As a younger or even middle-aged adult, many of us may not really think about the food we eat or liquids we may choose to consume. Some of this may change, however, as we get older and certain life changes occur.
As we age, we may develop acid reflux or some other medical conditions such as heart disease, diabetes, or pancreatitis, which dictate our food choices. Unfortunately, with the onset of dementia and generally forgetfulness seniors may forget what they should and should not eat. At these times, eating alone can be dangerous, and even fatal, for seniors.
Avoiding Healthy Foods
Some elderly loved ones may suffer from diabetes, pancreatitis, cancer, or another type of critical malady that may not only affect their appetite, but also determine what kinds of foods they may or may not be able to consume anymore. Some medications cause stomach discomfort if they aren’t taken with food, so elderly patients may be less likely to eat if their medicines make them feel sick.
Seniors who need to take different types of medications at different times of day may experience stomach troubles because of these medicines. Encouraging these seniors to eat is important so that they get key nutrients to help their bodies absorb the medication properly.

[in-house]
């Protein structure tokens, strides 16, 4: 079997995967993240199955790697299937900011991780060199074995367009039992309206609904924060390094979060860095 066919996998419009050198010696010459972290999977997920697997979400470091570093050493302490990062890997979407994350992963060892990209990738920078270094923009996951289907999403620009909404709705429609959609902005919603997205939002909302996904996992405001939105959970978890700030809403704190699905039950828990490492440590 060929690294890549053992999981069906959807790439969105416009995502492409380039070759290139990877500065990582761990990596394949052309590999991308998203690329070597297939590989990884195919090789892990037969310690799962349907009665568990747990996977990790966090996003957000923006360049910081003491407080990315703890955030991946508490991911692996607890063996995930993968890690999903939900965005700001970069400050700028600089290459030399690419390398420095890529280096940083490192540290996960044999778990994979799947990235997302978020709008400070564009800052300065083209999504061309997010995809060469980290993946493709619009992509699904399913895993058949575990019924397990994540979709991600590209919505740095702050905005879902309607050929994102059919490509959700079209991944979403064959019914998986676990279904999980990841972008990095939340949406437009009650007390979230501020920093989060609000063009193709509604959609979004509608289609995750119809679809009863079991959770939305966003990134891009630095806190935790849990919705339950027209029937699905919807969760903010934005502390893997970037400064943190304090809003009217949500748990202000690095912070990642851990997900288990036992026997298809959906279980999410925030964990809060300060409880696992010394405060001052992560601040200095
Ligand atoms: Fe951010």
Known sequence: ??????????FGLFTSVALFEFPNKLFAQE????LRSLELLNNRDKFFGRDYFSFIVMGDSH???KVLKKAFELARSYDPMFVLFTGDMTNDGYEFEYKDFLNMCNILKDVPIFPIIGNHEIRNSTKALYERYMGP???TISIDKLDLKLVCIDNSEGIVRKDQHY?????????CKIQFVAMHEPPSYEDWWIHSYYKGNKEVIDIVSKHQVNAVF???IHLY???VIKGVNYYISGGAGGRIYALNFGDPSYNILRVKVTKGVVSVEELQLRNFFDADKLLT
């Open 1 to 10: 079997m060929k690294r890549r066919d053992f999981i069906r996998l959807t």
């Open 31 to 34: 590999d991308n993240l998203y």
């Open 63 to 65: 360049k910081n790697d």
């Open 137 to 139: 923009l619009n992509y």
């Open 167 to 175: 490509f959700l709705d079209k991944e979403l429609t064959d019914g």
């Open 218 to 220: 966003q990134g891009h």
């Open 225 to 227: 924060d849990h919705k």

When an elderly person is alone, they are more likely to avoid eating foods that they dislike and just eat foods they like, regardless of nutrition. This could result in malnutrition,
Not Staying Hydrated Enough
Staying hydrated is crucial for all bodily systems to function efficiently. Reaching out for a glass of water only when you’re thirsty is not enough but seniors often forget these basics. This can result in various problems.
The only way to ensure that a senior is drinking enough water throughout the day is by monitoring what they drink. Any non-alcoholic beverage is okay, as long as they are staying hydrated.
Not only does dementia rob our loved ones of their precious memories, it also deteriorates their sense of taste, and smell. Even dementia patients who are physically quite active may not remember to eat enough, or they may forget to eat altogether when they’re alone. With their reduced sense of taste and smell, they may not realize if food they are eating has gone bad, which is another huge risk.
Skipping several meals can be dangerous as it means they are not getting the nutrition they need. Eating food that has gone bad is just as dangerous. In both cases, a senior who lives alone may not realize that what they are doing is detrimental to their health. They need someone to make sure that they are eating their meals regularly and that their food is fresh and healthy.
Malnutrition is dangerous for anyone, but is especially detrimental to the elderly. If you notice that a loved one is not eating right, one option is to consider moving them to an assisted living facility. These facilities have qualified staff who monitor the health of their residents regularly and make sure that they get the nutrition they need.